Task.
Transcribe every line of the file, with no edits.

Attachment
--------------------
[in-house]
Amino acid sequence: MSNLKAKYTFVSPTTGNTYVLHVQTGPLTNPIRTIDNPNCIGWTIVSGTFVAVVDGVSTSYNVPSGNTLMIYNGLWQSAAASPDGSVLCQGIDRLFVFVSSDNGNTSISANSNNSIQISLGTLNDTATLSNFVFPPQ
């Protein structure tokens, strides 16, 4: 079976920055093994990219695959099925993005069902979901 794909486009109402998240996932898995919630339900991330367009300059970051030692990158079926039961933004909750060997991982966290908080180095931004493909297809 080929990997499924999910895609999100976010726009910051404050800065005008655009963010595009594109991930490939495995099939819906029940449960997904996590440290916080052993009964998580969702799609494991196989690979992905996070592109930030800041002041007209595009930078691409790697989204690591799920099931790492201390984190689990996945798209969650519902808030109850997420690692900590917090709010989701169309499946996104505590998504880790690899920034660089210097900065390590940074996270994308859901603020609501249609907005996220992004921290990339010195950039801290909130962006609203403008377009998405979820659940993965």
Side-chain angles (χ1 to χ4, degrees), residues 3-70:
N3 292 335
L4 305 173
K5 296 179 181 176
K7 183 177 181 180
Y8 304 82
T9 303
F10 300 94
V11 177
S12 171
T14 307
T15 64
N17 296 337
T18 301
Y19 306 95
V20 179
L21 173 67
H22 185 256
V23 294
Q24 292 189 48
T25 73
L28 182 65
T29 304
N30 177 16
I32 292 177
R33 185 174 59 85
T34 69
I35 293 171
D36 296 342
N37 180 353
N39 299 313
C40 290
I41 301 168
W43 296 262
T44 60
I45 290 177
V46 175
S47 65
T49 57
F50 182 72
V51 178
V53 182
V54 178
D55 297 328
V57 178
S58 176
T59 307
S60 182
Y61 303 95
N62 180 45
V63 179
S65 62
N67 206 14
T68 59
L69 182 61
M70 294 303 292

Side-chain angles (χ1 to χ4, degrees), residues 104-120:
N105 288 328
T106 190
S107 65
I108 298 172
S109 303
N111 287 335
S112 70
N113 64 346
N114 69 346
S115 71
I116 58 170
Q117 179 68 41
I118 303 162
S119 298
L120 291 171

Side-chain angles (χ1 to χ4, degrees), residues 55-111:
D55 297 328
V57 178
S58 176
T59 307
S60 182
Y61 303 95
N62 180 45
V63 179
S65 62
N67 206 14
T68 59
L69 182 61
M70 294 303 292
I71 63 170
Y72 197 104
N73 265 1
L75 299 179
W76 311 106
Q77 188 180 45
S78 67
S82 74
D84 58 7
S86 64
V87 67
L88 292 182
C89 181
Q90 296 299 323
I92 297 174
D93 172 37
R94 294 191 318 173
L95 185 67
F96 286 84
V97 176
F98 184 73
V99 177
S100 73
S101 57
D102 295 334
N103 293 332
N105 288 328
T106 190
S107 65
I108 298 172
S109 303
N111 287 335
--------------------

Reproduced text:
[in-house]
Amino acid sequence: MSNLKAKYTFVSPTTGNTYVLHVQTGPLTNPIRTIDNPNCIGWTIVSGTFVAVVDGVSTSYNVPSGNTLMIYNGLWQSAAASPDGSVLCQGIDRLFVFVSSDNGNTSISANSNNSIQISLGTLNDTATLSNFVFPPQ
């Protein structure tokens, strides 16, 4: 079976920055093994990219695959099925993005069902979901 794909486009109402998240996932898995919630339900991330367009300059970051030692990158079926039961933004909750060997991982966290908080180095931004493909297809 080929990997499924999910895609999100976010726009910051404050800065005008655009963010595009594109991930490939495995099939819906029940449960997904996590440290916080052993009964998580969702799609494991196989690979992905996070592109930030800041002041007209595009930078691409790697989204690591799920099931790492201390984190689990996945798209969650519902808030109850997420690692900590917090709010989701169309499946996104505590998504880790690899920034660089210097900065390590940074996270994308859901603020609501249609907005996220992004921290990339010195950039801290909130962006609203403008377009998405979820659940993965």
Side-chain angles (χ1 to χ4, degrees), residues 3-70:
N3 292 335
L4 305 173
K5 296 179 181 176
K7 183 177 181 180
Y8 304 82
T9 303
F10 300 94
V11 177
S12 171
T14 307
T15 64
N17 296 337
T18 301
Y19 306 95
V20 179
L21 173 67
H22 185 256
V23 294
Q24 292 189 48
T25 73
L28 182 65
T29 304
N30 177 16
I32 292 177
R33 185 174 59 85
T34 69
I35 293 171
D36 296 342
N37 180 353
N39 299 313
C40 290
I41 301 168
W43 296 262
T44 60
I45 290 177
V46 175
S47 65
T49 57
F50 182 72
V51 178
V53 182
V54 178
D55 297 328
V57 178
S58 176
T59 307
S60 182
Y61 303 95
N62 180 45
V63 179
S65 62
N67 206 14
T68 59
L69 182 61
M70 294 303 292

Side-chain angles (χ1 to χ4, degrees), residues 104-120:
N105 288 328
T106 190
S107 65
I108 298 172
S109 303
N111 287 335
S112 70
N113 64 346
N114 69 346
S115 71
I116 58 170
Q117 179 68 41
I118 303 162
S119 298
L120 291 171

Side-chain angles (χ1 to χ4, degrees), residues 55-111:
D55 297 328
V57 178
S58 176
T59 307
S60 182
Y61 303 95
N62 180 45
V63 179
S65 62
N67 206 14
T68 59
L69 182 61
M70 294 303 292
I71 63 170
Y72 197 104
N73 265 1
L75 299 179
W76 311 106
Q77 188 180 45
S78 67
S82 74
D84 58 7
S86 64
V87 67
L88 292 182
C89 181
Q90 296 299 323
I92 297 174
D93 172 37
R94 294 191 318 173
L95 185 67
F96 286 84
V97 176
F98 184 73
V99 177
S100 73
S101 57
D102 295 334
N103 293 332
N105 288 328
T106 190
S107 65
I108 298 172
S109 303
N111 287 335